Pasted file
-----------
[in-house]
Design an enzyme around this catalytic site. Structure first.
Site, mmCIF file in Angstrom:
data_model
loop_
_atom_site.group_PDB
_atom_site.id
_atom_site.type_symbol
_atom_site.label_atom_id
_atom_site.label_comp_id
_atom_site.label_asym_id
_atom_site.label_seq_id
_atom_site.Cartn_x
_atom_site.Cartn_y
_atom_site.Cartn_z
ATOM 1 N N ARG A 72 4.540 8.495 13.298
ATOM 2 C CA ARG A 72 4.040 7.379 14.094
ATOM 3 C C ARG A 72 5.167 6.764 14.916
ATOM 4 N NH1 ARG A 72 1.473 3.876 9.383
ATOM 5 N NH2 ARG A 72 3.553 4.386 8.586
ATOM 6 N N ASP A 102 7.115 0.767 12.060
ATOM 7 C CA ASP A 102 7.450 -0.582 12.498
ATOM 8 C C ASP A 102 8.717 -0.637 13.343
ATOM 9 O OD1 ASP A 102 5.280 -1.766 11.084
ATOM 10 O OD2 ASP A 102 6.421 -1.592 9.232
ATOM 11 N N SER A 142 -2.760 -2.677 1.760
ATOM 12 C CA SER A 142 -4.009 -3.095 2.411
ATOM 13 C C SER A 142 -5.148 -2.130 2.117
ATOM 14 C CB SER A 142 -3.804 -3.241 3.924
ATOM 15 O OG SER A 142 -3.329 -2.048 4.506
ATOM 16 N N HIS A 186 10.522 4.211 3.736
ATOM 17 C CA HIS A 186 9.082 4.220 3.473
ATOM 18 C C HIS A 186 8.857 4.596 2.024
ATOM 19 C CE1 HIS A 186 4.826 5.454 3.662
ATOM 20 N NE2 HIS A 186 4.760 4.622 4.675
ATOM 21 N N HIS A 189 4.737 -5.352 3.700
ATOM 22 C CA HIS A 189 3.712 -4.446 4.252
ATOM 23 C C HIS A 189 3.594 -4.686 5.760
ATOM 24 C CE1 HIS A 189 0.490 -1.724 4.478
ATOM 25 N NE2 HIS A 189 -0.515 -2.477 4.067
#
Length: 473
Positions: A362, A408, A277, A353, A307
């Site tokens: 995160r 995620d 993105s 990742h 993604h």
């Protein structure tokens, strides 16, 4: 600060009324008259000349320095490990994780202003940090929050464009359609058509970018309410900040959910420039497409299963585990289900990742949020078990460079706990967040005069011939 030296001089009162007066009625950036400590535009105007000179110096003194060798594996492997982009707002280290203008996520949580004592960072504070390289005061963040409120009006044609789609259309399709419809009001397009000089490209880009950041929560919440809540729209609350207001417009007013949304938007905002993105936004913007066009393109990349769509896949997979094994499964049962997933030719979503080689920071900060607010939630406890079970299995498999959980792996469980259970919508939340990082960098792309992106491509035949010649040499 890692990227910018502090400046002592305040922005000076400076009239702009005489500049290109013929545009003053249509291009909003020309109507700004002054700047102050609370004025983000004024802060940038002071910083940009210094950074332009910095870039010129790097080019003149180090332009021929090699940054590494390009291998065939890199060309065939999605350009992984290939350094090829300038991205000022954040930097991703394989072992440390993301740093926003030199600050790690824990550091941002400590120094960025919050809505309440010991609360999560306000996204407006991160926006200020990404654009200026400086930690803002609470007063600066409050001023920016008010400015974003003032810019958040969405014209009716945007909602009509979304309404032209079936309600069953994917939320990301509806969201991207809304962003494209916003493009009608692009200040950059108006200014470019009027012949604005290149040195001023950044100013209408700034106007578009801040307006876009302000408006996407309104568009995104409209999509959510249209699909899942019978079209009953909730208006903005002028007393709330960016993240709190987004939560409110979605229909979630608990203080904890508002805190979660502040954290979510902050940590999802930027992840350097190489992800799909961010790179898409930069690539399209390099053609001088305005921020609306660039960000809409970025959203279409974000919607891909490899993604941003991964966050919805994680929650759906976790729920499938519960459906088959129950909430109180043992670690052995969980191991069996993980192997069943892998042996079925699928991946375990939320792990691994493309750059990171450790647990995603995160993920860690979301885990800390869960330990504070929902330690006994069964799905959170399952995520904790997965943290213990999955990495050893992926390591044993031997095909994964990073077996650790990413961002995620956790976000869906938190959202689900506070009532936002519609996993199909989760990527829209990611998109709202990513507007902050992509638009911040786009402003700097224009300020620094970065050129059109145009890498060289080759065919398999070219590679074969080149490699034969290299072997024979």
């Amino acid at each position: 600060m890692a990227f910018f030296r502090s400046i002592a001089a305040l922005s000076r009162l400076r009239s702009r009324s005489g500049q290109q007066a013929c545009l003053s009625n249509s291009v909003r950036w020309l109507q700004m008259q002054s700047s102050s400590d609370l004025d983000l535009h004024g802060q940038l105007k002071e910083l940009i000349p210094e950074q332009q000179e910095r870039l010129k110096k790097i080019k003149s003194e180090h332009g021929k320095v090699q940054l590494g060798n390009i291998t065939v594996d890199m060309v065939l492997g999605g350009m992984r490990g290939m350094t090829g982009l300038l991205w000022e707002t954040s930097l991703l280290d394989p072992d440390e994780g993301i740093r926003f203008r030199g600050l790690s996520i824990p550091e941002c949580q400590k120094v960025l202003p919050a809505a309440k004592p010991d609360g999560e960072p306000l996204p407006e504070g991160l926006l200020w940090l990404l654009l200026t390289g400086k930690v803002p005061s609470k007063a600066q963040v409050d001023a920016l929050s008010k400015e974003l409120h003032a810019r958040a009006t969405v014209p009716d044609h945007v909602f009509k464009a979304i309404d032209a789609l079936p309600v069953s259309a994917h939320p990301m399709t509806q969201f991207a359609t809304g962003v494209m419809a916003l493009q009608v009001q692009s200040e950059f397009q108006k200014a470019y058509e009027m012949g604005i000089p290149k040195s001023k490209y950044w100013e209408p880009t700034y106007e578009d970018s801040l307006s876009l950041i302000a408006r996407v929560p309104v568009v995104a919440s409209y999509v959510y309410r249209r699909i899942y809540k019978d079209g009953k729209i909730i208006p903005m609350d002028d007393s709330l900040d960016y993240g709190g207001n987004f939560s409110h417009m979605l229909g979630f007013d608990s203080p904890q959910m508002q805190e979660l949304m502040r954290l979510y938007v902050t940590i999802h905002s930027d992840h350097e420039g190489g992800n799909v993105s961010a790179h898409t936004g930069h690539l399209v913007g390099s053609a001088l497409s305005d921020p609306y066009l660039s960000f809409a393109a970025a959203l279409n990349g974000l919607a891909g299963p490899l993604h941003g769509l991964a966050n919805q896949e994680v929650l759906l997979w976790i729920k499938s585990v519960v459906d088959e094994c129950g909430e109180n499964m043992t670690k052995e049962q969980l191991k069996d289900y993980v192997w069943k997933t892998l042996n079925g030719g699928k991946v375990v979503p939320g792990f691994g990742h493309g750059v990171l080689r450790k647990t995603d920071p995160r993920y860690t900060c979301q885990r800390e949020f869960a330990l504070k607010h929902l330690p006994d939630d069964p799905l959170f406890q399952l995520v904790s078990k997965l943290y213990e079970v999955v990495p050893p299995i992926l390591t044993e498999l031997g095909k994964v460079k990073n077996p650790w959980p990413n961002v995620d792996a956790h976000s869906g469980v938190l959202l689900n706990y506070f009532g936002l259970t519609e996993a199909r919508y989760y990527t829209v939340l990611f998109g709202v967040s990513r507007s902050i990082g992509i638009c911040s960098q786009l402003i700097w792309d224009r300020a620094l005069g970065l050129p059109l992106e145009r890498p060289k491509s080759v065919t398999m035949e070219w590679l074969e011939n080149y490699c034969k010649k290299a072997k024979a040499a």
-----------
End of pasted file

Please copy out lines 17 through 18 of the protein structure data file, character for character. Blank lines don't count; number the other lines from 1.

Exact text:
ATOM 2 C CA ARG A 72 4.040 7.379 14.094
ATOM 3 C C ARG A 72 5.167 6.764 14.916